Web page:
Finally, the last step in your planning is to quickly review materials, websites, resources, and old lessons from each chapter or section of the subject area you will be covering that week. From there, you should have a pretty good idea of how to cover the material. You may need to review your basal and look for new ideas that have not been tried yet. Or, you may look for a new interactive whiteboard lesson that is already created for the concept you will be teaching. Attempt to position in at least one new idea from previous years’ lessons for a little variety for yourself and for the students. Each subject area should only take 10 minutes or so to create if you are quickly staying on task, and not getting bogged down in scouring every website on the internet. In total, your plans should take no longer than 30-45 minutes to complete. If you are spending more time than that, you are not using time effectively, or are not keeping good files of materials previously used. If the lessons are taking considerably less time, maybe they need to be a little more creative or interactive. You want to be excited to teach them!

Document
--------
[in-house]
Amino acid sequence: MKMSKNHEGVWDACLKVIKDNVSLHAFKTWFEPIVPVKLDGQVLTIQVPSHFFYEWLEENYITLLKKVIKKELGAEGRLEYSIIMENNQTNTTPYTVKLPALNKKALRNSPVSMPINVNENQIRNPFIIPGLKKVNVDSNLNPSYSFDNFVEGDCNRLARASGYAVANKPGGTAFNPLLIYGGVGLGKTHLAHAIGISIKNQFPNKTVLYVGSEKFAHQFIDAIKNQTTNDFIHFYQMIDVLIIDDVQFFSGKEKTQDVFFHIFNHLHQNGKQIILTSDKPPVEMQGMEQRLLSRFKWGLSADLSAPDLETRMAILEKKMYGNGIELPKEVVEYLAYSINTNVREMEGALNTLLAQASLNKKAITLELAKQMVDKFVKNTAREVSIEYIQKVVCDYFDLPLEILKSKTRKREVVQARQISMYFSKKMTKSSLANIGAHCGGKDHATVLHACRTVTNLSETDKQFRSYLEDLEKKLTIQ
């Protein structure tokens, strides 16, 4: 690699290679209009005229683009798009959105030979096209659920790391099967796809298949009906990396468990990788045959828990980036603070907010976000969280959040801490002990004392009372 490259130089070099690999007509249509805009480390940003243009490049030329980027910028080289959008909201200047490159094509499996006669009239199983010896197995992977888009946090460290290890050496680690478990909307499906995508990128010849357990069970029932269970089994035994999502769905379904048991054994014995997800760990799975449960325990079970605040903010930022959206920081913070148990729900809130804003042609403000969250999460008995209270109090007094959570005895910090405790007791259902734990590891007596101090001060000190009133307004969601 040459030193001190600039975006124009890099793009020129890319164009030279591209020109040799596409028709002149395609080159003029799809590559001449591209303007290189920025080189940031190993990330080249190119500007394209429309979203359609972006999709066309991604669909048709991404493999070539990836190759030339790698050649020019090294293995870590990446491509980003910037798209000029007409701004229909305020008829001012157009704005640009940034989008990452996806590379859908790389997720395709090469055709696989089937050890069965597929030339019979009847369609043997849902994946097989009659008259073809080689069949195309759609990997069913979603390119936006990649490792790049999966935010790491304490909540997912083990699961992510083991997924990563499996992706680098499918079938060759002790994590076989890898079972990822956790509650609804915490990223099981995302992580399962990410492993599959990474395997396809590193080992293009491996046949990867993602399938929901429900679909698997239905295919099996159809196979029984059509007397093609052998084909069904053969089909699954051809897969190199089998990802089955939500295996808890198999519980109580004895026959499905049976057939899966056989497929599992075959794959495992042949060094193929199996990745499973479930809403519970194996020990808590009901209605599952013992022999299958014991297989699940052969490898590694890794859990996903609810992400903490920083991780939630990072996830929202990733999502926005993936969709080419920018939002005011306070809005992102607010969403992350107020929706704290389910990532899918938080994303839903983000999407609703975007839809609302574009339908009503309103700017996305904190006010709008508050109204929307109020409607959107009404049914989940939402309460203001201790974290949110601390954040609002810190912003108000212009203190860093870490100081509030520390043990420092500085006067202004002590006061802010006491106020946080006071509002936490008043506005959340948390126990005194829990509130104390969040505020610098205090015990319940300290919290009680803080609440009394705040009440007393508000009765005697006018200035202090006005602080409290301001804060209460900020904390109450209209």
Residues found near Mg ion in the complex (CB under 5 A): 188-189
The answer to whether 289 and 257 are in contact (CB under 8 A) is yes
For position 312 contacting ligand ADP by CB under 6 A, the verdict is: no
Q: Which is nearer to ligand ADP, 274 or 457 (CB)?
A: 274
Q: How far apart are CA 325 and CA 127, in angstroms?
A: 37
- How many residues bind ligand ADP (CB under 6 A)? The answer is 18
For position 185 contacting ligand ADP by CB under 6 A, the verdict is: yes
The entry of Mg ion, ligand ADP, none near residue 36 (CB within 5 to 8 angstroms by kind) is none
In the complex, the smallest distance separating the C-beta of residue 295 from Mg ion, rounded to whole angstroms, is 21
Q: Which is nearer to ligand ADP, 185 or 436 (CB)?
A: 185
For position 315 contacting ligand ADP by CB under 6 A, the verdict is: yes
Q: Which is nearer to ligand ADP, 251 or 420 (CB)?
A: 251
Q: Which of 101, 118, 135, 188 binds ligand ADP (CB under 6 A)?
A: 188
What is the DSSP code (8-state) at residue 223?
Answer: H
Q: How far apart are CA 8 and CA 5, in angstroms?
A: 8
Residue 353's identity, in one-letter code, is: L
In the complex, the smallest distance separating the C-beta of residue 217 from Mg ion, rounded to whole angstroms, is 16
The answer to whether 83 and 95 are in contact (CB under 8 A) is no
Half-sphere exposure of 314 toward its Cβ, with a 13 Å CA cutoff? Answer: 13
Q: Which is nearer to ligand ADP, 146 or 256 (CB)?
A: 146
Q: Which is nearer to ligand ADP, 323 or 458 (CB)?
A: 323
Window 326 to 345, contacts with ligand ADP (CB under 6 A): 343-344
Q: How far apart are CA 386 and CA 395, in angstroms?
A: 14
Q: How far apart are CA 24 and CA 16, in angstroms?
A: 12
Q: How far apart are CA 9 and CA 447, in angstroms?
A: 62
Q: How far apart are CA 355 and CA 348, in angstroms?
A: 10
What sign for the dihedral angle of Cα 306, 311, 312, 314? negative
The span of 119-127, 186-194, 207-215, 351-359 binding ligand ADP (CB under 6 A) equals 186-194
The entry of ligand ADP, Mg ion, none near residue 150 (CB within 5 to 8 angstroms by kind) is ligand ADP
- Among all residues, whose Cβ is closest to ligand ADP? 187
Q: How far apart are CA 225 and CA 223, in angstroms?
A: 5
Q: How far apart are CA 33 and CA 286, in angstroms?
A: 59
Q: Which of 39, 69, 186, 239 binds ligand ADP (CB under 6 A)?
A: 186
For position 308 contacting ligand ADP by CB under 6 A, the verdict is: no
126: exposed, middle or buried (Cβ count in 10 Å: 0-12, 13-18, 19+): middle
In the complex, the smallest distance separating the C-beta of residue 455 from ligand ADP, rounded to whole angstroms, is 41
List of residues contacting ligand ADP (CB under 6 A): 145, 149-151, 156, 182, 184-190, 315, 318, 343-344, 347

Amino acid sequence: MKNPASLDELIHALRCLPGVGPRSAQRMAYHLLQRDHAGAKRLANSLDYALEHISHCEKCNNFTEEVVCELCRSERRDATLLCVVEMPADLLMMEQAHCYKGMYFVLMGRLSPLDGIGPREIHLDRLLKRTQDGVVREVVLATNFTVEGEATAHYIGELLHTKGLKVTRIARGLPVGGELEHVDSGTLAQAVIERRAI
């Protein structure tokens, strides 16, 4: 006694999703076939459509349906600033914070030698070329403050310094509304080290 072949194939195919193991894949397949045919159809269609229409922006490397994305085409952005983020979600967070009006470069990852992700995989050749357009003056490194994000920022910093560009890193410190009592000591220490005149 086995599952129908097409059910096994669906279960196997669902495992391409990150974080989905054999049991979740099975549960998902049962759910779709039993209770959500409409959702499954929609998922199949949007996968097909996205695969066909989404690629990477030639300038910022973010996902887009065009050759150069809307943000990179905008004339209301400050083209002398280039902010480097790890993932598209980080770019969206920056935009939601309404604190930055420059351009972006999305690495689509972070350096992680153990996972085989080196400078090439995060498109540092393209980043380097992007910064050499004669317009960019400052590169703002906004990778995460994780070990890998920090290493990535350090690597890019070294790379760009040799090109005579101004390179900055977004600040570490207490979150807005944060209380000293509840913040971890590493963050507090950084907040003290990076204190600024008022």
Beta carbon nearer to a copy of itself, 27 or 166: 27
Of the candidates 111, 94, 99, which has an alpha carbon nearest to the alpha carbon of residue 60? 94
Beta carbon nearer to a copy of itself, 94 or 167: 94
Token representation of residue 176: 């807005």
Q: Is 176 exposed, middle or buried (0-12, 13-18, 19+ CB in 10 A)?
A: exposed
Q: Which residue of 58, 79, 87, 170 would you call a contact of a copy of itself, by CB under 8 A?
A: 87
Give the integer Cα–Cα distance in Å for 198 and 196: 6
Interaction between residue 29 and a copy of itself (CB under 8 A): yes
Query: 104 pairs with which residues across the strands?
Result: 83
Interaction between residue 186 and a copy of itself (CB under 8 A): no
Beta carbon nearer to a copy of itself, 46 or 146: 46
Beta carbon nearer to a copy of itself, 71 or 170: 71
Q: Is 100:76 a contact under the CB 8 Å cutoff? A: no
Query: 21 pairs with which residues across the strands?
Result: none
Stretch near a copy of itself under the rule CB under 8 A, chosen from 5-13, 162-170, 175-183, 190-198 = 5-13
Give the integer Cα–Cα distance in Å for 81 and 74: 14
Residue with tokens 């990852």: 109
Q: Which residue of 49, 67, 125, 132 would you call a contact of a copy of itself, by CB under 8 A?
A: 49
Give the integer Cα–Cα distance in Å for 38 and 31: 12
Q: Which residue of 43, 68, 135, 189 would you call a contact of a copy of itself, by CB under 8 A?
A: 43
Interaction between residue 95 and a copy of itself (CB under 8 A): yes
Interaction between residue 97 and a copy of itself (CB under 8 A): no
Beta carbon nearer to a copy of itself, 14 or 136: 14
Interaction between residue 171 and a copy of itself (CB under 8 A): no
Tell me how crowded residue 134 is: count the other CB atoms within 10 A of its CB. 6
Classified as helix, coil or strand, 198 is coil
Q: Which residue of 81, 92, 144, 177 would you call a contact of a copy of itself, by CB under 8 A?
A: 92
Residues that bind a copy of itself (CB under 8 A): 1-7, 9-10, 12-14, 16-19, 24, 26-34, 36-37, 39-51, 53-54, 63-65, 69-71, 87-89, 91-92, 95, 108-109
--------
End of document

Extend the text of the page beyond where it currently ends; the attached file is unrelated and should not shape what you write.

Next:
Lesson planning should not be a chore that is dreaded each week, but rather an exciting opportunity to create lessons that involve students. It should instill a love for learning and teaching for all involved. Have fun and get planning!

By:Charity Preston

Charity L. Weber is an author, teacher, parent, trainer, student, and manager. Most importantly, in all of the previously mentioned: she is an educator. The ability to teach someone something new is a gift that few truly appreciate. ARE YOU INTERESTED IN SUBSCRIBING TO A FREE CLASSROOM ORGANIZATIONAL E-ZINE AND RECEIVE A FREE BONUS GIFT? You can visit her at http://web.mac.com/charitypreston